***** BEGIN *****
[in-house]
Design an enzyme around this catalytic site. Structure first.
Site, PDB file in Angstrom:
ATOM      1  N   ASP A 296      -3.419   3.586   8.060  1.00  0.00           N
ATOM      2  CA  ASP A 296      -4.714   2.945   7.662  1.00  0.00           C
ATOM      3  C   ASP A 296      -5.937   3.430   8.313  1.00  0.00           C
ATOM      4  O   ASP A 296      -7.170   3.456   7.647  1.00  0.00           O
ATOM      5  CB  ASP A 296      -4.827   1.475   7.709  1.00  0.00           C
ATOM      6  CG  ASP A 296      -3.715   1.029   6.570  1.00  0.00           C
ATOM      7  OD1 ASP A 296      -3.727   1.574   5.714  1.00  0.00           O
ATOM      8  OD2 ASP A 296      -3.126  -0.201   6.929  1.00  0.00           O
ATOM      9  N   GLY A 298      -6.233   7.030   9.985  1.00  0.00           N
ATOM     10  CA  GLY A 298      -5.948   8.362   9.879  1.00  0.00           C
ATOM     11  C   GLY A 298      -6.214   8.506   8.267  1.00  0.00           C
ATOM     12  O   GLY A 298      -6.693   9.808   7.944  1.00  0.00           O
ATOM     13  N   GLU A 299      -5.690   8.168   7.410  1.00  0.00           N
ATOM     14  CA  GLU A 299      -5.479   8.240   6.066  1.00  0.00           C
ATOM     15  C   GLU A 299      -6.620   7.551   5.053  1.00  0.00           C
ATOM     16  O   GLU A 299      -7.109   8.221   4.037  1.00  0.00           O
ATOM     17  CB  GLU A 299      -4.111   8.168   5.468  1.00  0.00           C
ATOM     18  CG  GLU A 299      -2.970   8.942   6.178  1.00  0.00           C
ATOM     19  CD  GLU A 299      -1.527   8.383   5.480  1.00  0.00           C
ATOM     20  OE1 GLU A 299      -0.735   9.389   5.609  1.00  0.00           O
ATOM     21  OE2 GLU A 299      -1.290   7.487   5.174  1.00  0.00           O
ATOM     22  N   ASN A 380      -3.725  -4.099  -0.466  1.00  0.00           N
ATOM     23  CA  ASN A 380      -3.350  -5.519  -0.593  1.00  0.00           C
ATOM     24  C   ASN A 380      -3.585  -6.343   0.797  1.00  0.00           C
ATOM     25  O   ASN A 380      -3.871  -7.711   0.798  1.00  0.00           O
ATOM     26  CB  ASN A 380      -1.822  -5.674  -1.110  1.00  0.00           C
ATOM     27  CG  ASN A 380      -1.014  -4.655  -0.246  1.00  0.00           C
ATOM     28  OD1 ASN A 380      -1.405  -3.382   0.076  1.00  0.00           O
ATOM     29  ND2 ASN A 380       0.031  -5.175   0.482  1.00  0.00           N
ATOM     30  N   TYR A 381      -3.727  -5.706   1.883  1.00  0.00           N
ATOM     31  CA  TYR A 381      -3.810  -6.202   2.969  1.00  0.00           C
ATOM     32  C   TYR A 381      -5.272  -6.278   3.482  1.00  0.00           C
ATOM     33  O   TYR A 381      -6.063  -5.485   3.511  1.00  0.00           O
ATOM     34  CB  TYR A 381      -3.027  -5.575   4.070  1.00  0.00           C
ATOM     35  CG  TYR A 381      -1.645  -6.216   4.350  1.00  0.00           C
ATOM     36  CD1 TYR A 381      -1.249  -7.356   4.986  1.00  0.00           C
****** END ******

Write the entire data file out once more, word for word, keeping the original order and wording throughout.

[in-house]
Design an enzyme around this catalytic site. Structure first.
Site, PDB file in Angstrom:
ATOM      1  N   ASP A 296      -3.419   3.586   8.060  1.00  0.00           N
ATOM      2  CA  ASP A 296      -4.714   2.945   7.662  1.00  0.00           C
ATOM      3  C   ASP A 296      -5.937   3.430   8.313  1.00  0.00           C
ATOM      4  O   ASP A 296      -7.170   3.456   7.647  1.00  0.00           O
ATOM      5  CB  ASP A 296      -4.827   1.475   7.709  1.00  0.00           C
ATOM      6  CG  ASP A 296      -3.715   1.029   6.570  1.00  0.00           C
ATOM      7  OD1 ASP A 296      -3.727   1.574   5.714  1.00  0.00           O
ATOM      8  OD2 ASP A 296      -3.126  -0.201   6.929  1.00  0.00           O
ATOM      9  N   GLY A 298      -6.233   7.030   9.985  1.00  0.00           N
ATOM     10  CA  GLY A 298      -5.948   8.362   9.879  1.00  0.00           C
ATOM     11  C   GLY A 298      -6.214   8.506   8.267  1.00  0.00           C
ATOM     12  O   GLY A 298      -6.693   9.808   7.944  1.00  0.00           O
ATOM     13  N   GLU A 299      -5.690   8.168   7.410  1.00  0.00           N
ATOM     14  CA  GLU A 299      -5.479   8.240   6.066  1.00  0.00           C
ATOM     15  C   GLU A 299      -6.620   7.551   5.053  1.00  0.00           C
ATOM     16  O   GLU A 299      -7.109   8.221   4.037  1.00  0.00           O
ATOM     17  CB  GLU A 299      -4.111   8.168   5.468  1.00  0.00           C
ATOM     18  CG  GLU A 299      -2.970   8.942   6.178  1.00  0.00           C
ATOM     19  CD  GLU A 299      -1.527   8.383   5.480  1.00  0.00           C
ATOM     20  OE1 GLU A 299      -0.735   9.389   5.609  1.00  0.00           O
ATOM     21  OE2 GLU A 299      -1.290   7.487   5.174  1.00  0.00           O
ATOM     22  N   ASN A 380      -3.725  -4.099  -0.466  1.00  0.00           N
ATOM     23  CA  ASN A 380      -3.350  -5.519  -0.593  1.00  0.00           C
ATOM     24  C   ASN A 380      -3.585  -6.343   0.797  1.00  0.00           C
ATOM     25  O   ASN A 380      -3.871  -7.711   0.798  1.00  0.00           O
ATOM     26  CB  ASN A 380      -1.822  -5.674  -1.110  1.00  0.00           C
ATOM     27  CG  ASN A 380      -1.014  -4.655  -0.246  1.00  0.00           C
ATOM     28  OD1 ASN A 380      -1.405  -3.382   0.076  1.00  0.00           O
ATOM     29  ND2 ASN A 380       0.031  -5.175   0.482  1.00  0.00           N
ATOM     30  N   TYR A 381      -3.727  -5.706   1.883  1.00  0.00           N
ATOM     31  CA  TYR A 381      -3.810  -6.202   2.969  1.00  0.00           C
ATOM     32  C   TYR A 381      -5.272  -6.278   3.482  1.00  0.00           C
ATOM     33  O   TYR A 381      -6.063  -5.485   3.511  1.00  0.00           O
ATOM     34  CB  TYR A 381      -3.027  -5.575   4.070  1.00  0.00           C
ATOM     35  CG  TYR A 381      -1.645  -6.216   4.350  1.00  0.00           C
ATOM     36  CD1 TYR A 381      -1.249  -7.356   4.986  1.00  0.00           C